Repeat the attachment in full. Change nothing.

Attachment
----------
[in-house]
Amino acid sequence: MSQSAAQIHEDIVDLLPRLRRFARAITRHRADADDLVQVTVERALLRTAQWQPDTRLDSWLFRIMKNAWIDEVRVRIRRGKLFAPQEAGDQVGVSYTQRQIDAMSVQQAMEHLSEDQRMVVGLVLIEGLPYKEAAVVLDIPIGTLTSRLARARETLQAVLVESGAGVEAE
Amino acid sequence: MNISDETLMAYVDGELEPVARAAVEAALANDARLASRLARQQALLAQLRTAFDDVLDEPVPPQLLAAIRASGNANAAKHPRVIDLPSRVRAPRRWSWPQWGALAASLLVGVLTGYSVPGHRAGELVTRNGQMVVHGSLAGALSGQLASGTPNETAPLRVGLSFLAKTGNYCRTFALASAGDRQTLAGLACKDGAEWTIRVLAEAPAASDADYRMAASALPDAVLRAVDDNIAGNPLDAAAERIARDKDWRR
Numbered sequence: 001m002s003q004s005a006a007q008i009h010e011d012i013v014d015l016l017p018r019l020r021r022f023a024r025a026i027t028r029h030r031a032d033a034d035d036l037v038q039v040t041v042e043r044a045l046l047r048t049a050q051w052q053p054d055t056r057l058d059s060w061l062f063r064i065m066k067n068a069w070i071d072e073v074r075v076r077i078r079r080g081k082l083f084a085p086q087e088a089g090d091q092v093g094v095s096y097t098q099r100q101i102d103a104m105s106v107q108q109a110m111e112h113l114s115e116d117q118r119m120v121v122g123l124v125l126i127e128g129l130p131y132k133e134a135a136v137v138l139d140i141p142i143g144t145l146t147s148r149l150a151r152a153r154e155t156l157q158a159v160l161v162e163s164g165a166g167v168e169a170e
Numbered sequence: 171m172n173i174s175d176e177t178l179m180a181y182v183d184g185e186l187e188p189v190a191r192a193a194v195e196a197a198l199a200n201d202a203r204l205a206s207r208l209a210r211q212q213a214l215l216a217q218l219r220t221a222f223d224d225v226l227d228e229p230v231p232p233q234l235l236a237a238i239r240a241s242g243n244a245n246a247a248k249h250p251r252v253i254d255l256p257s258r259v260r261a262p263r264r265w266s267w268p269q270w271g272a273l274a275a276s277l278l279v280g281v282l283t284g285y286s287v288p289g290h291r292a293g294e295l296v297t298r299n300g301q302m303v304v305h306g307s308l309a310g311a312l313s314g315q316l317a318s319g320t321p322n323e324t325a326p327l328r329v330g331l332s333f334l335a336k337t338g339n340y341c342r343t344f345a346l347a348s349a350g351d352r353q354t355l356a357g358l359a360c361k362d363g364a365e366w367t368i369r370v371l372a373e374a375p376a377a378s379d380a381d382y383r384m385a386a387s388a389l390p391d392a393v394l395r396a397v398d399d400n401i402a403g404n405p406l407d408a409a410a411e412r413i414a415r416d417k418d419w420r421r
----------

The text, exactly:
[in-house]
Amino acid sequence: MSQSAAQIHEDIVDLLPRLRRFARAITRHRADADDLVQVTVERALLRTAQWQPDTRLDSWLFRIMKNAWIDEVRVRIRRGKLFAPQEAGDQVGVSYTQRQIDAMSVQQAMEHLSEDQRMVVGLVLIEGLPYKEAAVVLDIPIGTLTSRLARARETLQAVLVESGAGVEAE
Amino acid sequence: MNISDETLMAYVDGELEPVARAAVEAALANDARLASRLARQQALLAQLRTAFDDVLDEPVPPQLLAAIRASGNANAAKHPRVIDLPSRVRAPRRWSWPQWGALAASLLVGVLTGYSVPGHRAGELVTRNGQMVVHGSLAGALSGQLASGTPNETAPLRVGLSFLAKTGNYCRTFALASAGDRQTLAGLACKDGAEWTIRVLAEAPAASDADYRMAASALPDAVLRAVDDNIAGNPLDAAAERIARDKDWRR
Numbered sequence: 001m002s003q004s005a006a007q008i009h010e011d012i013v014d015l016l017p018r019l020r021r022f023a024r025a026i027t028r029h030r031a032d033a034d035d036l037v038q039v040t041v042e043r044a045l046l047r048t049a050q051w052q053p054d055t056r057l058d059s060w061l062f063r064i065m066k067n068a069w070i071d072e073v074r075v076r077i078r079r080g081k082l083f084a085p086q087e088a089g090d091q092v093g094v095s096y097t098q099r100q101i102d103a104m105s106v107q108q109a110m111e112h113l114s115e116d117q118r119m120v121v122g123l124v125l126i127e128g129l130p131y132k133e134a135a136v137v138l139d140i141p142i143g144t145l146t147s148r149l150a151r152a153r154e155t156l157q158a159v160l161v162e163s164g165a166g167v168e169a170e
Numbered sequence: 171m172n173i174s175d176e177t178l179m180a181y182v183d184g185e186l187e188p189v190a191r192a193a194v195e196a197a198l199a200n201d202a203r204l205a206s207r208l209a210r211q212q213a214l215l216a217q218l219r220t221a222f223d224d225v226l227d228e229p230v231p232p233q234l235l236a237a238i239r240a241s242g243n244a245n246a247a248k249h250p251r252v253i254d255l256p257s258r259v260r261a262p263r264r265w266s267w268p269q270w271g272a273l274a275a276s277l278l279v280g281v282l283t284g285y286s287v288p289g290h291r292a293g294e295l296v297t298r299n300g301q302m303v304v305h306g307s308l309a310g311a312l313s314g315q316l317a318s319g320t321p322n323e324t325a326p327l328r329v330g331l332s333f334l335a336k337t338g339n340y341c342r343t344f345a346l347a348s349a350g351d352r353q354t355l356a357g358l359a360c361k362d363g364a365e366w367t368i369r370v371l372a373e374a375p376a377a378s379d380a381d382y383r384m385a386a387s388a389l390p391d392a393v394l395r396a397v398d399d400n401i402a403g404n405p406l407d408a409a410a411e412r413i414a415r416d417k418d419w420r421r